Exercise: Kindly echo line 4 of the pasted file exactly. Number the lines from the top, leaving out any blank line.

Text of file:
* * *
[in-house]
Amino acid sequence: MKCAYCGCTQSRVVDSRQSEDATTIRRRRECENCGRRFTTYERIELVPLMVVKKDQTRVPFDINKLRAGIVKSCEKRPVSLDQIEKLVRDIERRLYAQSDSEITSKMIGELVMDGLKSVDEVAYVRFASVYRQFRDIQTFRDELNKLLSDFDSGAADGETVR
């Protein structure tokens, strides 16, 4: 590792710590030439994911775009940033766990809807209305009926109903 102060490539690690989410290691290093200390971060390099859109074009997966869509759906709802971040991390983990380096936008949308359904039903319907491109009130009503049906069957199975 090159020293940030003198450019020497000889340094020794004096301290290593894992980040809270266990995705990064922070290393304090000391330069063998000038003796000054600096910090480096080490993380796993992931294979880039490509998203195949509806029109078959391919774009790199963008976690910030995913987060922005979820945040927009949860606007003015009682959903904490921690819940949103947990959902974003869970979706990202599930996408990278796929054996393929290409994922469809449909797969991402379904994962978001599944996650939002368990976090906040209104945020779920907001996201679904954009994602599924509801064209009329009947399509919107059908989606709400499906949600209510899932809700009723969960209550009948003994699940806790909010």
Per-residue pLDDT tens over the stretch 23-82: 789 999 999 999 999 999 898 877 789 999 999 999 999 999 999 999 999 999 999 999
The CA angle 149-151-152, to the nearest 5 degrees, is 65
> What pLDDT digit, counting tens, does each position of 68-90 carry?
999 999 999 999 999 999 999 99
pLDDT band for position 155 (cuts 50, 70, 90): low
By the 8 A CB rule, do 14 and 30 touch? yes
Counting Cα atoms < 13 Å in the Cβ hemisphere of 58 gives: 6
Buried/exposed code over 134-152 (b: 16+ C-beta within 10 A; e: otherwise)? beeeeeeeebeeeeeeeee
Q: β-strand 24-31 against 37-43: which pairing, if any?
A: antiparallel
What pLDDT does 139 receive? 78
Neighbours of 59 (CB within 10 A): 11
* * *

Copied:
Per-residue pLDDT tens over the stretch 23-82: 789 999 999 999 999 999 898 877 789 999 999 999 999 999 999 999 999 999 999 999